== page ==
[Images: Kia Motors]

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17 Comments on “A Halo With Value: EV Range-topper Carves Out New Role for Kia...”


  • avatar
    volvo

    Color me confused
    “Range topper”
    I clicked on the article because I thought we would get information on a 450-500 mile full charge range on an EV.
    Silly Me

    • 0 avatar
      Scoutdude

      Yeah you talk about range and EVs in the same sentence and I think about how far it can go on a charge too. Of course it turns out to mean that it will be the most expensive Kia.

    • 0 avatar
      dal20402

      Do you really want an EV with a ton or more of battery?

      The hill I will die on is that the vast majority of EV customers will do just fine with 200 miles of range, especially once currently planned charging infrastructure is built out. Until they’ve owned EVs, people don’t seem to grasp how much nightly charging changes the equation.

      • 0 avatar
        ajla

        “especially once currently planned charging infrastructure is built out.”

        That’s a pretty important “once” though.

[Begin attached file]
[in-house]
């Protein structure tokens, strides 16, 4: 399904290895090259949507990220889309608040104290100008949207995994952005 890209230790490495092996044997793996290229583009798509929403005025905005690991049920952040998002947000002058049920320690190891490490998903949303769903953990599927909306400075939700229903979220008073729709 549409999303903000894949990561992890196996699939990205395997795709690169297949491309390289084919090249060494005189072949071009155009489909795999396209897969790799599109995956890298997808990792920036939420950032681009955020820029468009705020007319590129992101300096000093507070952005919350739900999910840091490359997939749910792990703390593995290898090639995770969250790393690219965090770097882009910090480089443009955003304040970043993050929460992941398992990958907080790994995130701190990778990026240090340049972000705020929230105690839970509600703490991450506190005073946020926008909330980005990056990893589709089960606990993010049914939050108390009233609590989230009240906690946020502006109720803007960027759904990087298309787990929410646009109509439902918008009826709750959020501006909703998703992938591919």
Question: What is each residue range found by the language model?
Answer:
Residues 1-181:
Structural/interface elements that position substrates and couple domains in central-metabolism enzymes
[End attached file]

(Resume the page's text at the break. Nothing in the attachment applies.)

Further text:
• 0 avatar
        jack4x

        I would rather have 5 tons of batteries than a 30-60 minute stop every 200 miles on a road trip. And no, I don’t take road trips every week, but I take a few every year and it makes no sense to me to buy a family car that forces me to spend that much additional time.

        Getting recharging times down to 5 minutes would take care of that, although 200 miles is still pretty poor when even the humblest gas powered car is good for 300 or more.

        • 0 avatar
          dal20402

          It’ll be a 15-minute stop, just like a gas fillup with a bathroom break. And, yes, people will have to stop more often. The flip side of that is no stopping for gas at all during the 95% of your life when you’re not on a road trip.

          I swear if you read this website you’d think everyone has 26 weeks of vacation a year and spends them all road tripping.

          • 0 avatar
            jack4x

            @dal, if I’m spending $50k or more on a family vehicle, it sure as hell isn’t going to come with the compromise of 200 mile range or long recharge times (no one has a 15 min recharge time at the moment, even a Taycan can’t do better than 22 minutes for 80% charge, which is 160 miles). Will that improve? Probably. Until it does, and significantly, I’m out.